Ah, rhodium! A term that causes great confusion among visitors to the jewelry world. Using rhodium is such a common practice in the industry that jewelry professionals sometimes forget that people unfamiliar with the field will think we are speaking gibberish when referring to it. So what is rhodium?

Rhodium is a bright, silver-colored metal that is part of the platinum family. It is found primarily from South Africa and Russia

Rhodium in its metal form.

and is largely used in the automotive industry in the production of catalytic converters. In the jewelry industry, though, it is used not as a metal with which to build jewelry—it is very rare and hard to work with—but it is used as a plating, or coating, for jewelry.

Rhodium is applied to jewelry through a process called electroplating. Pure rhodium is chemically dissolved into an acid bath to create a rhodium electroplating solution. Using a rectifier, the adhesion of rhodium to metal occurs when a positive charge is run through the rhodium plating bath while a negative charge is applied to the jewelry item. Still charged with electrical current, the piece is then placed in the bath, and rhodium will adhere to the surface of the jewelry in an extremely thin layer.

Now, why would anyone bother with this seemingly complicated process? Well, rhodium has many admirable properties. It does not corrode, is hypoallergenic, prevents tarnishing, is durable, and, most desirably, has a very reflective “white” color. Not only will a white gold or silver piece look even more gorgeous, but the underlying metal benefits greatly from a protective rhodium coating.

Sterling silver’s natural patina can be absolutely beautiful, but sometimes it’s undesirable – that’s where rhodium comes in!

Rhodium is mainly used on white gold and silver pieces, though it is sometimes used on platinum. The opinion on the value of this practice differs from jeweler to jeweler. Since platinum is already quite white in color, rhodium plating makes only a minute difference. However, some jewelers feel that it enhances the color and slows the wearing process, so they choose to rhodium their platinum pieces.

Rhodium is particularly useful for silver, which tarnishes under normal circumstances, since the coating will prevent tarnishing for as long as it remains on the silver’s surface. Though it can be removed through abrasion over time, rhodiumed silver pieces tarnish at a much slower rate than non-rhodiumed silver. A silver necklace, for instance, could go years without tarnishing when rhodiumed, whereas the same necklace without rhodium might begin to tarnish within a few weeks of its last polish. The rhodium on a silver ring, however, which usually comes in contact with much harsher surfaces on a regular basis, will wear off sooner than that on a necklace, but do not fret! Rhodium can always be reapplied!

Tip: “My jeweler says they cannot rhodium silver. Why not?!” Rhodium is very finicky stuff. If the wrong preparatory process is used before dipping the silver in rhodium—if the jewelry wasn’t cleaned, they used the wrong cleaning solutions, they don’t have the proper pre-rhodium acid baths to prepare the surface for rhodium adhesion and more—the outcome won’t be very desirable. The surface of the piece will become spotty or black. Some jewelers have simply not learned or discovered the correct process, and therefore claim it can’t be done. But it absolutely can be done. You just need to find a jeweler who knows how!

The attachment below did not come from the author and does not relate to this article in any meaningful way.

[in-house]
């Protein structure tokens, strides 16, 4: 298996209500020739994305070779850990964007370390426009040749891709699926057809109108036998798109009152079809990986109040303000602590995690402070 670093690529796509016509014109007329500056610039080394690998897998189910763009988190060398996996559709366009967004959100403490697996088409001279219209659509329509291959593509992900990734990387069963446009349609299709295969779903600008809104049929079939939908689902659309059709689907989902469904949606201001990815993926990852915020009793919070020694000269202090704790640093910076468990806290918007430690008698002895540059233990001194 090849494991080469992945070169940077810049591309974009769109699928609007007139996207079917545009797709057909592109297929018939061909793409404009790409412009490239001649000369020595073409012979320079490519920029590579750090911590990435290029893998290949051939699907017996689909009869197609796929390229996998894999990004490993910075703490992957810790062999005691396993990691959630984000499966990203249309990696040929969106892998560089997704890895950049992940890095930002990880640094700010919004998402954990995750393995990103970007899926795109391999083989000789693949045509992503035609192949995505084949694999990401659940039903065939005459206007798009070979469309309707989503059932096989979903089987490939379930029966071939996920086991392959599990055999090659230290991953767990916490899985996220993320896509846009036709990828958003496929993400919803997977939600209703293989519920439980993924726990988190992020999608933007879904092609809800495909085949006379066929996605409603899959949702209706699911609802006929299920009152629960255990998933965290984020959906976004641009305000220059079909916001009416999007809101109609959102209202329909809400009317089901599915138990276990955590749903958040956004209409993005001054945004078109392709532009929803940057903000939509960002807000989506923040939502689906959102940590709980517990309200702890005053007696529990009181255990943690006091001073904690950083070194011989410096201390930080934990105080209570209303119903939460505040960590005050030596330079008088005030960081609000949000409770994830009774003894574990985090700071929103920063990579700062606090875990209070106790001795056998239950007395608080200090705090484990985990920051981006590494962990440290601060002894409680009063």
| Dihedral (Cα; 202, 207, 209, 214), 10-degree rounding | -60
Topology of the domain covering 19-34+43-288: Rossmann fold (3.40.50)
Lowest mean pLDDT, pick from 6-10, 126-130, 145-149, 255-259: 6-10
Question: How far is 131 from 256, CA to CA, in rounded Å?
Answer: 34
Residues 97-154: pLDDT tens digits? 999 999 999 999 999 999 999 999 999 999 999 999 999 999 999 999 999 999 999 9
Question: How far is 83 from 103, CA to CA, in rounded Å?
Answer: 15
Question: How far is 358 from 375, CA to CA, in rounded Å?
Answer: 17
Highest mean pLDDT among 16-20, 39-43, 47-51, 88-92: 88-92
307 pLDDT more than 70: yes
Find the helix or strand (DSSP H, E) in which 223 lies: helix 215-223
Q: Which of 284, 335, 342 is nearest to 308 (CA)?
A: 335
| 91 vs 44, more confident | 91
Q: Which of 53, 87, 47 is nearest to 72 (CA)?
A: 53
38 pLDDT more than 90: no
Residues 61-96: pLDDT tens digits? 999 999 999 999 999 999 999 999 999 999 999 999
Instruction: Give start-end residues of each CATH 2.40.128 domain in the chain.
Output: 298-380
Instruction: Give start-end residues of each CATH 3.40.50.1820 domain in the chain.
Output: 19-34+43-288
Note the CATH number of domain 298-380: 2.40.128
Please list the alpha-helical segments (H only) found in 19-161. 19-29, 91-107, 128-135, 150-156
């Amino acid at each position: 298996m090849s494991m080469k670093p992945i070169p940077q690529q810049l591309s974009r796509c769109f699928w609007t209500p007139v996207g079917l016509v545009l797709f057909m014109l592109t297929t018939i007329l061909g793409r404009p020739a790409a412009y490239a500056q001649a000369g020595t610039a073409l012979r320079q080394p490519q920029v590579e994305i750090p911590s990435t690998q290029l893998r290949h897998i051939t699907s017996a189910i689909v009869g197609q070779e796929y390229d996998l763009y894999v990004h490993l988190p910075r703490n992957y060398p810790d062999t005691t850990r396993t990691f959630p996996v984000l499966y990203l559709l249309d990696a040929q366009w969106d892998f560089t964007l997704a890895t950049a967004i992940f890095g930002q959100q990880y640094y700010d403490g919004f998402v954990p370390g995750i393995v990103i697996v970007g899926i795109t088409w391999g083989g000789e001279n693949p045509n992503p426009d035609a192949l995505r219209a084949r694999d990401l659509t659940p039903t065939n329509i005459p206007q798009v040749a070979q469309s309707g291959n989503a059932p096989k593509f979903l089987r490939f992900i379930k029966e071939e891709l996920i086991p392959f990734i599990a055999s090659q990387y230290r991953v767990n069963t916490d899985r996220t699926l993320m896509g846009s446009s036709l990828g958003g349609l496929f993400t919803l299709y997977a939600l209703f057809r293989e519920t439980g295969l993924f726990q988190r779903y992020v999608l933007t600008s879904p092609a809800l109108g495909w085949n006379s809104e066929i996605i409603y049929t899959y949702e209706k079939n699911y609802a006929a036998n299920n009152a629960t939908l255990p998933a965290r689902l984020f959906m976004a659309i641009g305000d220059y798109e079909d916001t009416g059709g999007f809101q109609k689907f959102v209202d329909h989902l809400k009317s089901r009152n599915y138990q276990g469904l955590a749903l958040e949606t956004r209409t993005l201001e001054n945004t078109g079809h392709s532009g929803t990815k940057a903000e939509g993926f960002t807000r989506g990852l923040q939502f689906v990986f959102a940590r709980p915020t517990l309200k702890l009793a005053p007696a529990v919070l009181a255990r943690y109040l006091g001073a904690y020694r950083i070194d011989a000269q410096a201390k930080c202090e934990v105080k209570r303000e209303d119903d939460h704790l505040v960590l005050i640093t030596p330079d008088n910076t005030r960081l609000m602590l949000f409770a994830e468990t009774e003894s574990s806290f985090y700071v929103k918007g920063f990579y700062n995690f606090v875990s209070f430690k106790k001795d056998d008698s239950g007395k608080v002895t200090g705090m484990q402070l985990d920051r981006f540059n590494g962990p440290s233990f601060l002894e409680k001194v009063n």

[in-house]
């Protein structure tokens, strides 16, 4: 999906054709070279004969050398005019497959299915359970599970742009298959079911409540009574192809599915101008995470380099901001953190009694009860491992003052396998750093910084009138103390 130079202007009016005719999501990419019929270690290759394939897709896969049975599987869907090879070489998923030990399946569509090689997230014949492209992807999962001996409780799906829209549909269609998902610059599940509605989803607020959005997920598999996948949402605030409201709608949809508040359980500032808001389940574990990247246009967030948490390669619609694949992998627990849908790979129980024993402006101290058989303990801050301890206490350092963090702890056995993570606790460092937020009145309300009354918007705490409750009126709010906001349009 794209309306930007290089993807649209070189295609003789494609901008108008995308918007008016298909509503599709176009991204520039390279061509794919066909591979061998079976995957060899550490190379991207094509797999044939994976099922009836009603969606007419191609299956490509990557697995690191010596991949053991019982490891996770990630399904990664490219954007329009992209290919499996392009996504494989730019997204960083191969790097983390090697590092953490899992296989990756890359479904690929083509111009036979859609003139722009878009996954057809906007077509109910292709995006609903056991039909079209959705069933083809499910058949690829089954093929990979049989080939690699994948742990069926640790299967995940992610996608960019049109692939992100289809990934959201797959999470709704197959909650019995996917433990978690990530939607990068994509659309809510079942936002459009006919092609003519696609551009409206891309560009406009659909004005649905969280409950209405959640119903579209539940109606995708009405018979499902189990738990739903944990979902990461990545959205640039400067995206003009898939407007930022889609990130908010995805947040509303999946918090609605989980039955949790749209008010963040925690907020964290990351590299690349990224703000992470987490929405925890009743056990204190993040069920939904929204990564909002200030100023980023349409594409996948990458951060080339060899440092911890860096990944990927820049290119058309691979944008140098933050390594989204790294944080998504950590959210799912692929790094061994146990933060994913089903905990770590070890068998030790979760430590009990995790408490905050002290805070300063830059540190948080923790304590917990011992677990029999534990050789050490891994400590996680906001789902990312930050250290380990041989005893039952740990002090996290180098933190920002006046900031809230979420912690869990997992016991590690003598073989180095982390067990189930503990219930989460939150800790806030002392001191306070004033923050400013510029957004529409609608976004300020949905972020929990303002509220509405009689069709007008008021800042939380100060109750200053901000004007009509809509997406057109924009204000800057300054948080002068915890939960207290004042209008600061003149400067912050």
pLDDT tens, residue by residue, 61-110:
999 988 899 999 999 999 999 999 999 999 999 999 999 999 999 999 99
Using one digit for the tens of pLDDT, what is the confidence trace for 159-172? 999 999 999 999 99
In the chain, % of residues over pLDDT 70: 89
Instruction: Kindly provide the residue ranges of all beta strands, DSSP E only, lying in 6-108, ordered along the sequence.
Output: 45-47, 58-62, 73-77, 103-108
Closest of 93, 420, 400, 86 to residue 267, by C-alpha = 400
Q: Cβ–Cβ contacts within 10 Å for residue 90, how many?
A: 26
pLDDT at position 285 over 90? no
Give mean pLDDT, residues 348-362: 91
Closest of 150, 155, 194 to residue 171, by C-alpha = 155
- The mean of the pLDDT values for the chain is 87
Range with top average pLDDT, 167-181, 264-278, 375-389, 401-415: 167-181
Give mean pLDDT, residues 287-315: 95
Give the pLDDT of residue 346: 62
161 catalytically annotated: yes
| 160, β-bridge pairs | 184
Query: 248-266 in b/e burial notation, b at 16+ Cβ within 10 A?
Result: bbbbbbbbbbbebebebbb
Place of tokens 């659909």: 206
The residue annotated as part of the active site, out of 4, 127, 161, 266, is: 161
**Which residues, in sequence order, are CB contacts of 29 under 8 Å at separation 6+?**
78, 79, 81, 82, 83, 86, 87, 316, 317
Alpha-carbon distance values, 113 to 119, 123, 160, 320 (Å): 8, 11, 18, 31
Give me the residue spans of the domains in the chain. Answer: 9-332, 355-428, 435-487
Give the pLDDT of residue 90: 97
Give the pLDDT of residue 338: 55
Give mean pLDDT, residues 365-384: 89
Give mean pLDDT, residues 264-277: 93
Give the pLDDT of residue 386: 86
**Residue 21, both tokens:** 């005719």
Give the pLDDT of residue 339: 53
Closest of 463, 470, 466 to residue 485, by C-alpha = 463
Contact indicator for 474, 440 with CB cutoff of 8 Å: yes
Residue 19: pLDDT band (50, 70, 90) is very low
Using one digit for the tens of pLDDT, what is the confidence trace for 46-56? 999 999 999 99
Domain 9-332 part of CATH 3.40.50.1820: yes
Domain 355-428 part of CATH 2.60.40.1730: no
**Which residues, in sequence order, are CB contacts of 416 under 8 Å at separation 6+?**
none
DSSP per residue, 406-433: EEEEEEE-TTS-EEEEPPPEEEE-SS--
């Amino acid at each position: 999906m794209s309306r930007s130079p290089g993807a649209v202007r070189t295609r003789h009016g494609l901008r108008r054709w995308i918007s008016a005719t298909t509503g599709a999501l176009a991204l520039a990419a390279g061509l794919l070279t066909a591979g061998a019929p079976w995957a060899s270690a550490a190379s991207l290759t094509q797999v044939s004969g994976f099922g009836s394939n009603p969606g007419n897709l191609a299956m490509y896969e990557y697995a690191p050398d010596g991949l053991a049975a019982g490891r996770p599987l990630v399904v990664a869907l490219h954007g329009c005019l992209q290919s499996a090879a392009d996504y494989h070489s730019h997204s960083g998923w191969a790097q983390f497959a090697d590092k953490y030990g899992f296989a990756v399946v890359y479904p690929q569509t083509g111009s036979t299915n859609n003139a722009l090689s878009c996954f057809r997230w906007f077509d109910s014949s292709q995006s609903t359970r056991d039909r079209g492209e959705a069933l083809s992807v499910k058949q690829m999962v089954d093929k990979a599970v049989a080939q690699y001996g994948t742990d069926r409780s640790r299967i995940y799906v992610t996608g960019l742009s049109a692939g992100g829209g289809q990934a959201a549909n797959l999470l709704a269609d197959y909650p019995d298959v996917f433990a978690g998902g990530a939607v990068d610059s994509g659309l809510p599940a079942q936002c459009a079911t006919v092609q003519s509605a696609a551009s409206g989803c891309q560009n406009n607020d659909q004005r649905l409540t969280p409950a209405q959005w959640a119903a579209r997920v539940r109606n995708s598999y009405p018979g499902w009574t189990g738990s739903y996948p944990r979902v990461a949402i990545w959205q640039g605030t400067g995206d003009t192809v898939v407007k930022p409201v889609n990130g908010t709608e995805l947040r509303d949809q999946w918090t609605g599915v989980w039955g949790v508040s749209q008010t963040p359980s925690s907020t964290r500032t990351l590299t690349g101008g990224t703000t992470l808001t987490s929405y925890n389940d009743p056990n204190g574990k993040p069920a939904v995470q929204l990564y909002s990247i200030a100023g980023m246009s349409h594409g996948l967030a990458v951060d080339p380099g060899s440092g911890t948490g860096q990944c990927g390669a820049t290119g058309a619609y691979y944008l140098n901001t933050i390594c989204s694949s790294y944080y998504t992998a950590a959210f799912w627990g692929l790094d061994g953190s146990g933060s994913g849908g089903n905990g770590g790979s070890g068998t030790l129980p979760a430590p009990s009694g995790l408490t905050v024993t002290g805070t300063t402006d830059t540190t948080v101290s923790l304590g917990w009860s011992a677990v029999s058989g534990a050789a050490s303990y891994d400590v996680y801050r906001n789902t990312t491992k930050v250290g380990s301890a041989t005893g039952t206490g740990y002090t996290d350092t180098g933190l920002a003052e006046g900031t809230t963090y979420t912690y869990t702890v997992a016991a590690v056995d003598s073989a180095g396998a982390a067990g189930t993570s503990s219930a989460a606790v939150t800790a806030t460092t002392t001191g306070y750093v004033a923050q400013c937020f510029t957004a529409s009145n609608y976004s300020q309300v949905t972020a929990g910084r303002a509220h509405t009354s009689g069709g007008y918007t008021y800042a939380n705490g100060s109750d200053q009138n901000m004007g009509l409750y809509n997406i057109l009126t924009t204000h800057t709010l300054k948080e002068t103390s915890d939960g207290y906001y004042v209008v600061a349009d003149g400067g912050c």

In the case of white gold, rhodium is used primarily to improve the color of the metal. Gold only exists in nature in the yellow color we know and love, so other colors, like white gold, are created by adding alloys to 24-karat yellow gold. So despite being much more white than yellow, the color of white gold has a slightly yellowish tint to it. By plating white gold with rhodium, the surface appears much brighter and whiter than the alloyed metal. In fact, almost all white gold sold in stores is rhodium plated before it’s even displayed to potential customers.

Tip: Rhodium will adhere to any finish—brushed, polished, sandblasted, you name it—and will take on the characteristics of the surface of your jewelry. For example, if the surface of your ring is scratched and worn, rhodium will not make the surface appear different in any way except color. The ring would now be a whiter scratched and worn ring. So, if your jewelry is in need of a new coat of rhodium, make sure to have the surface refinished to have your piece looking brand new!

While coating white gold and silver are the primary uses for rhodium in the jewelry industry, it also comes in handy in other ways as well. Rhodium’s other nifty trick is turning the surface of a yellow or rose gold piece into white. Using the same electroplating technique we talked about earlier, rhodium can be applied to a yellow gold piece of jewelry, leaving its bright-white finish behind. This technique is used mainly when a client is tired of their yellow gold jewelry and wants to change its look. The downfall to this use of rhodium is that the yellow gold is still there underneath the thin layer or rhodium. As a result, spots of the underlying yellow gold will start to appear as the coating is worn off with time and wear.

Tip: Can’t wear silver or gold earrings because of an allergic reaction? Ask your jeweler to rhodium plate the posts or earwires! Is your ring making you itch? Have the entire piece—or even just the inside of it—rhodium plated. Since rhodium is hypoallergenic, applying it to your silver or gold piece will stop the reaction in most cases.

So, do not fear when your jeweler mentions that strange word “rhodium.” It likely will only make your piece last longer and look prettier!


Jess the Jeweler